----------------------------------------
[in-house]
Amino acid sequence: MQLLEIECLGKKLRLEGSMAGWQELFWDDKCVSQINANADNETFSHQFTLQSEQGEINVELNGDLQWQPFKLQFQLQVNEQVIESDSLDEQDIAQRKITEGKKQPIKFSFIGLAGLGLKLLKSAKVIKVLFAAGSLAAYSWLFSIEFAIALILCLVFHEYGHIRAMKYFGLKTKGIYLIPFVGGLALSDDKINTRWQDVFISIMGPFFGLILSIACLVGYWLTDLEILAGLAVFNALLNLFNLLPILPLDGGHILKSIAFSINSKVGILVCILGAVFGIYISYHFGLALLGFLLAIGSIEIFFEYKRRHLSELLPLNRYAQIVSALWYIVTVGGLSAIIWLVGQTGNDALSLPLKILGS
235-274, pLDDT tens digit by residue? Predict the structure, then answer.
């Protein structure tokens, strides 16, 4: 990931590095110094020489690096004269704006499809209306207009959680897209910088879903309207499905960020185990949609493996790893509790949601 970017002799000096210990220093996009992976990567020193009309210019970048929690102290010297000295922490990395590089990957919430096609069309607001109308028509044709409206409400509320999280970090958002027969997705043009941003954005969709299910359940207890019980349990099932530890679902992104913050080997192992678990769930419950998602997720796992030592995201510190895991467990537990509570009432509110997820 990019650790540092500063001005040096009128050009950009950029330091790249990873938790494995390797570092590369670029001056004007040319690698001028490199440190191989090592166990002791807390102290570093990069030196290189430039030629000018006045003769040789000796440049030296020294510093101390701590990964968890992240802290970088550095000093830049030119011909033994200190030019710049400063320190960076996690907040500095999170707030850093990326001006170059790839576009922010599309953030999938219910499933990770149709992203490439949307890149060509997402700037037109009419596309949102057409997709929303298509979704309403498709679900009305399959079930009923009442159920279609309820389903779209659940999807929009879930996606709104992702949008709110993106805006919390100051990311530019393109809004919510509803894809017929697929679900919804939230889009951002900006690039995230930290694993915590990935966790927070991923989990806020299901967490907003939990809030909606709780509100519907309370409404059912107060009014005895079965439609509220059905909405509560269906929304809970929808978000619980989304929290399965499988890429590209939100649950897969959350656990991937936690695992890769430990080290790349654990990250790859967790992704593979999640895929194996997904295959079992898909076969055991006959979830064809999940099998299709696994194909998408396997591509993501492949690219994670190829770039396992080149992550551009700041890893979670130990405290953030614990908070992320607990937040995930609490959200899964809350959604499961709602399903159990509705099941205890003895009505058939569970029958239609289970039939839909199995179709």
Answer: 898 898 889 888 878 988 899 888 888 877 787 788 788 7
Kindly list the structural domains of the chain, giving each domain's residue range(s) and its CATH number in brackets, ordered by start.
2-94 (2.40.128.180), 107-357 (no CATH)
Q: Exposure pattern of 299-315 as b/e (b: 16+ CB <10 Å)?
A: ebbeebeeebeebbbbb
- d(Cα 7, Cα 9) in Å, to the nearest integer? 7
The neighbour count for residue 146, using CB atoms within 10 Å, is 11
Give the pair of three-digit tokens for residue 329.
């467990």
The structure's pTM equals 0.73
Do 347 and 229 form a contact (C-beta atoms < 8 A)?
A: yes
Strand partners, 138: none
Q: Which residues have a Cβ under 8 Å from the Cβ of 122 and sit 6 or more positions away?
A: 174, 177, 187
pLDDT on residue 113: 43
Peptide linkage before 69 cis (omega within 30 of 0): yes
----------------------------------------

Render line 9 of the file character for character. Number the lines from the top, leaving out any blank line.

A: ebbeebeeebeebbbbb